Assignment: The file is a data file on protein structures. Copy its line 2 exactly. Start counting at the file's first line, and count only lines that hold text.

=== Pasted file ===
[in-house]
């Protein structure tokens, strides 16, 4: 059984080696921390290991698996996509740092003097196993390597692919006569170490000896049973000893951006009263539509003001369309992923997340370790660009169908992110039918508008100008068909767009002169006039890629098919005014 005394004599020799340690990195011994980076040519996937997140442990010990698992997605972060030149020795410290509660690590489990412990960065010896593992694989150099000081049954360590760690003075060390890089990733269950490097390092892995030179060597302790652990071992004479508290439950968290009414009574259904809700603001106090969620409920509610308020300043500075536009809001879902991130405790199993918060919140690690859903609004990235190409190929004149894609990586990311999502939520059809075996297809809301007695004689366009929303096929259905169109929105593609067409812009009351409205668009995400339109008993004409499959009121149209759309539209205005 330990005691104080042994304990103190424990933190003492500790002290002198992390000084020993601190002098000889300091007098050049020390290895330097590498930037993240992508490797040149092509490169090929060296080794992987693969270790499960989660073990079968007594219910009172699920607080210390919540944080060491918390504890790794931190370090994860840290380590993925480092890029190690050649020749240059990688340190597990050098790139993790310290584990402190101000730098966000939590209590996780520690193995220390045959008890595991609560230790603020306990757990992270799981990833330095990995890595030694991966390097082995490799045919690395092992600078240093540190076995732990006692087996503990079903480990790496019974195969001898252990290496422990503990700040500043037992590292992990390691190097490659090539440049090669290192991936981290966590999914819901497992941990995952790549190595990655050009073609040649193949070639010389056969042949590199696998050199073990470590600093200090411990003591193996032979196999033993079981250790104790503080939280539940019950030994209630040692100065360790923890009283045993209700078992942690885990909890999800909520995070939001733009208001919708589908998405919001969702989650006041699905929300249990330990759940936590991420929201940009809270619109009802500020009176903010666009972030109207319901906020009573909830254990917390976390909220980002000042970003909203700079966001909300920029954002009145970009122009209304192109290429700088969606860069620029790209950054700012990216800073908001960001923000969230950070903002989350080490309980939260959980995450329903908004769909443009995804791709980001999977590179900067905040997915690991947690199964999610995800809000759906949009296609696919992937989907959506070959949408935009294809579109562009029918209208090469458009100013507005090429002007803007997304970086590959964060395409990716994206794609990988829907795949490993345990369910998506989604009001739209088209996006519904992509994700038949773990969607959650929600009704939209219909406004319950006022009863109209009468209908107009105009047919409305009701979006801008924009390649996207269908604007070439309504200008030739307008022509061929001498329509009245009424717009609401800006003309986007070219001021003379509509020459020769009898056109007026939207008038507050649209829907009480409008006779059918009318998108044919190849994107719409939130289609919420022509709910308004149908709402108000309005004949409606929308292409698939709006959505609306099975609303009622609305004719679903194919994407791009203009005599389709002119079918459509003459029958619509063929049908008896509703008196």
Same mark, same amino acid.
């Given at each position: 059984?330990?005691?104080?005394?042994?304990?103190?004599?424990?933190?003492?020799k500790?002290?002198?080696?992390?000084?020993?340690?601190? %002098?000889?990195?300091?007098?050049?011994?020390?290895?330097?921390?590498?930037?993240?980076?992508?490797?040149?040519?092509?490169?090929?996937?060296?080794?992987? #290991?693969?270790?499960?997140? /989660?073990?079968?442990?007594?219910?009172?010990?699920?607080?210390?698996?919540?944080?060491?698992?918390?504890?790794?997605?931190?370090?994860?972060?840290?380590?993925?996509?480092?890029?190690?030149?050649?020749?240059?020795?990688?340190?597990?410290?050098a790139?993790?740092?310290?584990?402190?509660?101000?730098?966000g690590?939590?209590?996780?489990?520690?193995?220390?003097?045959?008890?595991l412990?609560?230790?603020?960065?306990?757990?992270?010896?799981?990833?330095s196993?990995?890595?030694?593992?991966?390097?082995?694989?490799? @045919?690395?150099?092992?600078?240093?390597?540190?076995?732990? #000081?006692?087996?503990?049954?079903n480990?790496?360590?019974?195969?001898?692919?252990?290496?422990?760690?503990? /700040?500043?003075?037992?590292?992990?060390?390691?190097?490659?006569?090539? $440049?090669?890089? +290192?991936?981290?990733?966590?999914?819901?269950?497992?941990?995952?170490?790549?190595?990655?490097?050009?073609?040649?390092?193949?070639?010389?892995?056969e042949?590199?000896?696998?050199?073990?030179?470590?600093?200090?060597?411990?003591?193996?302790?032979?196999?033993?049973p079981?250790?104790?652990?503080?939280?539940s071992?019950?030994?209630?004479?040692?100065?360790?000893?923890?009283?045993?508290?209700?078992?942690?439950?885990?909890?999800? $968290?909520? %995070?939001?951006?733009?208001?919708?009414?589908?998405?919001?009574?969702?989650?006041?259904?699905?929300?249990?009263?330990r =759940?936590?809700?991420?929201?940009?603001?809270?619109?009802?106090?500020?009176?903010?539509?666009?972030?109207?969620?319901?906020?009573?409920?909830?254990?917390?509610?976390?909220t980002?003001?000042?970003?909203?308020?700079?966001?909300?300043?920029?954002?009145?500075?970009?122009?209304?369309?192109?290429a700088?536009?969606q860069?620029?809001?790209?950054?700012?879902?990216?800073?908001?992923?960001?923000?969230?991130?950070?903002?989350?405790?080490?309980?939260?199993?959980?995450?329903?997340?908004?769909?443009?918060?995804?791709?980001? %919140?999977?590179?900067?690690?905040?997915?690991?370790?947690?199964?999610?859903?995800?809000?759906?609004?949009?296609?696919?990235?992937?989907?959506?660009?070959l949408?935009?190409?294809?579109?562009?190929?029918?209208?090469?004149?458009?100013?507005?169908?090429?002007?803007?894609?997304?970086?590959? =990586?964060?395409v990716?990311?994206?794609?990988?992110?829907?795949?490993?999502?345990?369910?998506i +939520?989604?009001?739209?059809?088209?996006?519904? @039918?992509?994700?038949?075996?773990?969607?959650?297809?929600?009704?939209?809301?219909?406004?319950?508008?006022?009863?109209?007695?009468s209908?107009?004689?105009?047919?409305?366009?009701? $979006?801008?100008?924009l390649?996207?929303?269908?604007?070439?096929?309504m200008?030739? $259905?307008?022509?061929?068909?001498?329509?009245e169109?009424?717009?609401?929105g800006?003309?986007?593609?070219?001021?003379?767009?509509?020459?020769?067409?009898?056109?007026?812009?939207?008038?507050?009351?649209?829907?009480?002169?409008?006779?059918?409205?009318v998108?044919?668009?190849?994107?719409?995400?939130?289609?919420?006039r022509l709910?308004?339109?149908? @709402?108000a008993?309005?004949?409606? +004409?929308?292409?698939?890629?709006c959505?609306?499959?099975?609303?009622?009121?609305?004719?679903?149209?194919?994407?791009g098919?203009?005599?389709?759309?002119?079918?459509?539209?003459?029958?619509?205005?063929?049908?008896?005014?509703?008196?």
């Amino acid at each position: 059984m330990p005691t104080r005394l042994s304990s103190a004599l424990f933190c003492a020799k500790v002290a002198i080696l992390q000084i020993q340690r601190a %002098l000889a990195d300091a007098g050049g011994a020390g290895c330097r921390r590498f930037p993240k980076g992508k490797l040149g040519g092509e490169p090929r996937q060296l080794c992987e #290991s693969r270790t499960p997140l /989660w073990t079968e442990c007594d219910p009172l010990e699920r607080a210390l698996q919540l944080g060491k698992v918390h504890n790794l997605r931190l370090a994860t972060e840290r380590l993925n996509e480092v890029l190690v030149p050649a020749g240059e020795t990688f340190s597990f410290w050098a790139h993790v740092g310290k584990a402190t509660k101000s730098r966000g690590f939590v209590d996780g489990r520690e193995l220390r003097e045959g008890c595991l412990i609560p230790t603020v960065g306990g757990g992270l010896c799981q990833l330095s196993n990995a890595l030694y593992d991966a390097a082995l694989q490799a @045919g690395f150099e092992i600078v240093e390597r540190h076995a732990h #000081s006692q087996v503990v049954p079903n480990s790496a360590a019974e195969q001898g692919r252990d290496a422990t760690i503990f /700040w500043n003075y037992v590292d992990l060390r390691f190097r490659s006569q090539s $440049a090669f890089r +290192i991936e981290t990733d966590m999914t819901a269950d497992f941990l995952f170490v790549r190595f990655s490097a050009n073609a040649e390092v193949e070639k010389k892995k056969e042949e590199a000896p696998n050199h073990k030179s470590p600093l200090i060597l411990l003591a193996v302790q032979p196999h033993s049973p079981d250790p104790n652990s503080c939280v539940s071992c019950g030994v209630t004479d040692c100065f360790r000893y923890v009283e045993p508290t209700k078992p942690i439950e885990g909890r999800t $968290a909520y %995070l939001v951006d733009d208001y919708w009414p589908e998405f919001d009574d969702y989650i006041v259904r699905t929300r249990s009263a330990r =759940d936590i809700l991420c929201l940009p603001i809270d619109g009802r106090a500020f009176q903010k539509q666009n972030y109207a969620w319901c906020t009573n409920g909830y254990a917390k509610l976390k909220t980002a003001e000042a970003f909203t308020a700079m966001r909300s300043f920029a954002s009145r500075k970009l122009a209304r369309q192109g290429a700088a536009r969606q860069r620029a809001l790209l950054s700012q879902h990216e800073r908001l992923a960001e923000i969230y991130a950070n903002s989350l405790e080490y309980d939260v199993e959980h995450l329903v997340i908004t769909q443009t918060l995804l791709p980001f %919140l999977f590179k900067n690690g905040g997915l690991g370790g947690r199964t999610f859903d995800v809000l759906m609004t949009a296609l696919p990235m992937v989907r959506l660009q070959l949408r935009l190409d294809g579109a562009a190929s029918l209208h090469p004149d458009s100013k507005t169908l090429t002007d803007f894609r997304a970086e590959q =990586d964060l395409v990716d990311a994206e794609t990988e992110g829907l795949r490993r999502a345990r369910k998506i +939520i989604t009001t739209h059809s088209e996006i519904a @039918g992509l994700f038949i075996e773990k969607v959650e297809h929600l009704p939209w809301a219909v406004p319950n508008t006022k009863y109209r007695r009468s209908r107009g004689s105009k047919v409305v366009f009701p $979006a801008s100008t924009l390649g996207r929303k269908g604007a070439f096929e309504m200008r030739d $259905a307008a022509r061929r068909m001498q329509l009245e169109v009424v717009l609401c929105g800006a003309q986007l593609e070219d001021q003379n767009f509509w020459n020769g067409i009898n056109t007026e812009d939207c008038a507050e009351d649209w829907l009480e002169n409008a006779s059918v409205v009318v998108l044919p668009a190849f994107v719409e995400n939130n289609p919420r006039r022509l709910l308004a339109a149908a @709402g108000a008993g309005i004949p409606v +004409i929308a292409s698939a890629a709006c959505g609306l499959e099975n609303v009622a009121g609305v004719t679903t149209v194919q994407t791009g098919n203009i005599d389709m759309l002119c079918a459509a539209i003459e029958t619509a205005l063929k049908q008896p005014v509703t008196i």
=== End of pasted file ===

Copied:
């Protein structure tokens, strides 16, 4: 059984080696921390290991698996996509740092003097196993390597692919006569170490000896049973000893951006009263539509003001369309992923997340370790660009169908992110039918508008100008068909767009002169006039890629098919005014 005394004599020799340690990195011994980076040519996937997140442990010990698992997605972060030149020795410290509660690590489990412990960065010896593992694989150099000081049954360590760690003075060390890089990733269950490097390092892995030179060597302790652990071992004479508290439950968290009414009574259904809700603001106090969620409920509610308020300043500075536009809001879902991130405790199993918060919140690690859903609004990235190409190929004149894609990586990311999502939520059809075996297809809301007695004689366009929303096929259905169109929105593609067409812009009351409205668009995400339109008993004409499959009121149209759309539209205005 330990005691104080042994304990103190424990933190003492500790002290002198992390000084020993601190002098000889300091007098050049020390290895330097590498930037993240992508490797040149092509490169090929060296080794992987693969270790499960989660073990079968007594219910009172699920607080210390919540944080060491918390504890790794931190370090994860840290380590993925480092890029190690050649020749240059990688340190597990050098790139993790310290584990402190101000730098966000939590209590996780520690193995220390045959008890595991609560230790603020306990757990992270799981990833330095990995890595030694991966390097082995490799045919690395092992600078240093540190076995732990006692087996503990079903480990790496019974195969001898252990290496422990503990700040500043037992590292992990390691190097490659090539440049090669290192991936981290966590999914819901497992941990995952790549190595990655050009073609040649193949070639010389056969042949590199696998050199073990470590600093200090411990003591193996032979196999033993079981250790104790503080939280539940019950030994209630040692100065360790923890009283045993209700078992942690885990909890999800909520995070939001733009208001919708589908998405919001969702989650006041699905929300249990330990759940936590991420929201940009809270619109009802500020009176903010666009972030109207319901906020009573909830254990917390976390909220980002000042970003909203700079966001909300920029954002009145970009122009209304192109290429700088969606860069620029790209950054700012990216800073908001960001923000969230950070903002989350080490309980939260959980995450329903908004769909443009995804791709980001999977590179900067905040997915690991947690199964999610995800809000759906949009296609696919992937989907959506070959949408935009294809579109562009029918209208090469458009100013507005090429002007803007997304970086590959964060395409990716994206794609990988829907795949490993345990369910998506989604009001739209088209996006519904992509994700038949773990969607959650929600009704939209219909406004319950006022009863109209009468209908107009105009047919409305009701979006801008924009390649996207269908604007070439309504200008030739307008022509061929001498329509009245009424717009609401800006003309986007070219001021003379509509020459020769009898056109007026939207008038507050649209829907009480409008006779059918009318998108044919190849994107719409939130289609919420022509709910308004149908709402108000309005004949409606929308292409698939709006959505609306099975609303009622609305004719679903194919994407791009203009005599389709002119079918459509003459029958619509063929049908008896509703008196």